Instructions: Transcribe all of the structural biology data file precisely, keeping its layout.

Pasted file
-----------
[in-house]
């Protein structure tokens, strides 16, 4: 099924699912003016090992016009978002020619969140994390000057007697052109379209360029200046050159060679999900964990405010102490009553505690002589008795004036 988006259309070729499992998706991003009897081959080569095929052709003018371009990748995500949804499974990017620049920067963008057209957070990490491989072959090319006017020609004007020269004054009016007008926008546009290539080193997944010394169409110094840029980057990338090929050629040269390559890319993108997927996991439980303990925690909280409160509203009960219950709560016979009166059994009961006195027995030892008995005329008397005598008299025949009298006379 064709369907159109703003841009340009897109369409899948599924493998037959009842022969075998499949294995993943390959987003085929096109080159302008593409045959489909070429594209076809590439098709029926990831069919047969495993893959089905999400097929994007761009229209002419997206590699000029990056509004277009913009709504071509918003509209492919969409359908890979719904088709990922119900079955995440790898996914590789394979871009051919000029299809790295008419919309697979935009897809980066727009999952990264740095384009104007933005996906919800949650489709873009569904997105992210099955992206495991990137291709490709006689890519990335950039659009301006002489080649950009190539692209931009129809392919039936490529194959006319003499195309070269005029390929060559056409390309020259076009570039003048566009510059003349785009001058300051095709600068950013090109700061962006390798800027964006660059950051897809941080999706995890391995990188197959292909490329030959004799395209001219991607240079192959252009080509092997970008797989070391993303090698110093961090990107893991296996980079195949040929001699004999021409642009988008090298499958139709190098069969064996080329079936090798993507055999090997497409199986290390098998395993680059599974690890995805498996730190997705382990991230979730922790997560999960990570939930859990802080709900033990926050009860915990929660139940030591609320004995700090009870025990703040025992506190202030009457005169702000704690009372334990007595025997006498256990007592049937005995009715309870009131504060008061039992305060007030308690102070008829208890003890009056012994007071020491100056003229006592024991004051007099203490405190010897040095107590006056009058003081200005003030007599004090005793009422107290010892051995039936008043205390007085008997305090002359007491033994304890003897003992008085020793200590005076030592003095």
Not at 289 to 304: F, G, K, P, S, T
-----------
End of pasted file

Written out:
[in-house]
């Protein structure tokens, strides 16, 4: 099924699912003016090992016009978002020619969140994390000057007697052109379209360029200046050159060679999900964990405010102490009553505690002589008795004036 988006259309070729499992998706991003009897081959080569095929052709003018371009990748995500949804499974990017620049920067963008057209957070990490491989072959090319006017020609004007020269004054009016007008926008546009290539080193997944010394169409110094840029980057990338090929050629040269390559890319993108997927996991439980303990925690909280409160509203009960219950709560016979009166059994009961006195027995030892008995005329008397005598008299025949009298006379 064709369907159109703003841009340009897109369409899948599924493998037959009842022969075998499949294995993943390959987003085929096109080159302008593409045959489909070429594209076809590439098709029926990831069919047969495993893959089905999400097929994007761009229209002419997206590699000029990056509004277009913009709504071509918003509209492919969409359908890979719904088709990922119900079955995440790898996914590789394979871009051919000029299809790295008419919309697979935009897809980066727009999952990264740095384009104007933005996906919800949650489709873009569904997105992210099955992206495991990137291709490709006689890519990335950039659009301006002489080649950009190539692209931009129809392919039936490529194959006319003499195309070269005029390929060559056409390309020259076009570039003048566009510059003349785009001058300051095709600068950013090109700061962006390798800027964006660059950051897809941080999706995890391995990188197959292909490329030959004799395209001219991607240079192959252009080509092997970008797989070391993303090698110093961090990107893991296996980079195949040929001699004999021409642009988008090298499958139709190098069969064996080329079936090798993507055999090997497409199986290390098998395993680059599974690890995805498996730190997705382990991230979730922790997560999960990570939930859990802080709900033990926050009860915990929660139940030591609320004995700090009870025990703040025992506190202030009457005169702000704690009372334990007595025997006498256990007592049937005995009715309870009131504060008061039992305060007030308690102070008829208890003890009056012994007071020491100056003229006592024991004051007099203490405190010897040095107590006056009058003081200005003030007599004090005793009422107290010892051995039936008043205390007085008997305090002359007491033994304890003897003992008085020793200590005076030592003095």
Not at 289 to 304: F, G, K, P, S, T